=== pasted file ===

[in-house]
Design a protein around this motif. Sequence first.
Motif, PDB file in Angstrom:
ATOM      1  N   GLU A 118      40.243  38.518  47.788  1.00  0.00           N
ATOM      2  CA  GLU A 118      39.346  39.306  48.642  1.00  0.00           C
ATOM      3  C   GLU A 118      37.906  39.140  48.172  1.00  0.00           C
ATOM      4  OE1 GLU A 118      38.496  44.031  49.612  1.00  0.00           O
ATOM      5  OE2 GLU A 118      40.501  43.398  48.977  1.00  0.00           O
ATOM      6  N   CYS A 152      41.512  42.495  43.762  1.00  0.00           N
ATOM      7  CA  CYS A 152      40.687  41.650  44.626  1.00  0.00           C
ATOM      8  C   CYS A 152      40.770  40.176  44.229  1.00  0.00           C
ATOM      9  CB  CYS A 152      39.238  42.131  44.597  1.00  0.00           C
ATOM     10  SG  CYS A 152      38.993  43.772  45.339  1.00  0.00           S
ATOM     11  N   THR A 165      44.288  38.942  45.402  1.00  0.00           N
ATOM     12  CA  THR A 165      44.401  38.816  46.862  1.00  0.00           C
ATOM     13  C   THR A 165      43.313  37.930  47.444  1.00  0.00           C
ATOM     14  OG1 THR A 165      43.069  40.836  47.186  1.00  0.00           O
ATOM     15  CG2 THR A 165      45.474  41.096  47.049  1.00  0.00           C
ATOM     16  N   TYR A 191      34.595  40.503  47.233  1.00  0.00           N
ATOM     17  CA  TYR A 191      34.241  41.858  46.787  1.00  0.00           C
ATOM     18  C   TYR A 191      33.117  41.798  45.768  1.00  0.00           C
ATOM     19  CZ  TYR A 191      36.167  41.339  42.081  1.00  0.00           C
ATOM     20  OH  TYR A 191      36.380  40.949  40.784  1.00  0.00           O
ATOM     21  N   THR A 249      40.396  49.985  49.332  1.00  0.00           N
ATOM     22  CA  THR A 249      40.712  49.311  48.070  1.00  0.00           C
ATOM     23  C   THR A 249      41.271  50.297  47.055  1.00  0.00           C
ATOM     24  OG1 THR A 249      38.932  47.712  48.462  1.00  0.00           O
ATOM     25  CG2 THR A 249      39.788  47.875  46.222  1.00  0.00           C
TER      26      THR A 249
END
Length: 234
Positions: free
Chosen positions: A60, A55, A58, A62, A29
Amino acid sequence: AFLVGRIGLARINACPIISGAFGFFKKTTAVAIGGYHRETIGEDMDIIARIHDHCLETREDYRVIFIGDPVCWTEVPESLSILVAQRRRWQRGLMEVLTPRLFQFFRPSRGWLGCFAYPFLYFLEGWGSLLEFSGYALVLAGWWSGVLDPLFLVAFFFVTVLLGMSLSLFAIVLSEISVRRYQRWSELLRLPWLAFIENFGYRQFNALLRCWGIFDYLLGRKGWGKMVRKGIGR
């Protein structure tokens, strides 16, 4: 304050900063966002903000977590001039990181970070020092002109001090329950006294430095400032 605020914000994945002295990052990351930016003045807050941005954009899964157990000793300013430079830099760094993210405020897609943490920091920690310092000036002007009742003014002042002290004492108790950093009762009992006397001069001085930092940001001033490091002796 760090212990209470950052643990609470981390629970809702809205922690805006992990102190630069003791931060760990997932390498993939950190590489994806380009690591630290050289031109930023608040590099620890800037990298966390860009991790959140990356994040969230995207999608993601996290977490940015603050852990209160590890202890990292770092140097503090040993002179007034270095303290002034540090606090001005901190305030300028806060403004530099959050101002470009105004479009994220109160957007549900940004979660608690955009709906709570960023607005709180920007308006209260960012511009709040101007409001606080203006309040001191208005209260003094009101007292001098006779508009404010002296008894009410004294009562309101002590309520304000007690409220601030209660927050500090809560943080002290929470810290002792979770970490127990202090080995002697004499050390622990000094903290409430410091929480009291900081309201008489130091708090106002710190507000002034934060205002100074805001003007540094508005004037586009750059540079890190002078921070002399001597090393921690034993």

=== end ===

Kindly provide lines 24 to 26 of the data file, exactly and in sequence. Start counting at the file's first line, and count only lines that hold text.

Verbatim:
ATOM     21  N   THR A 249      40.396  49.985  49.332  1.00  0.00           N
ATOM     22  CA  THR A 249      40.712  49.311  48.070  1.00  0.00           C
ATOM     23  C   THR A 249      41.271  50.297  47.055  1.00  0.00           C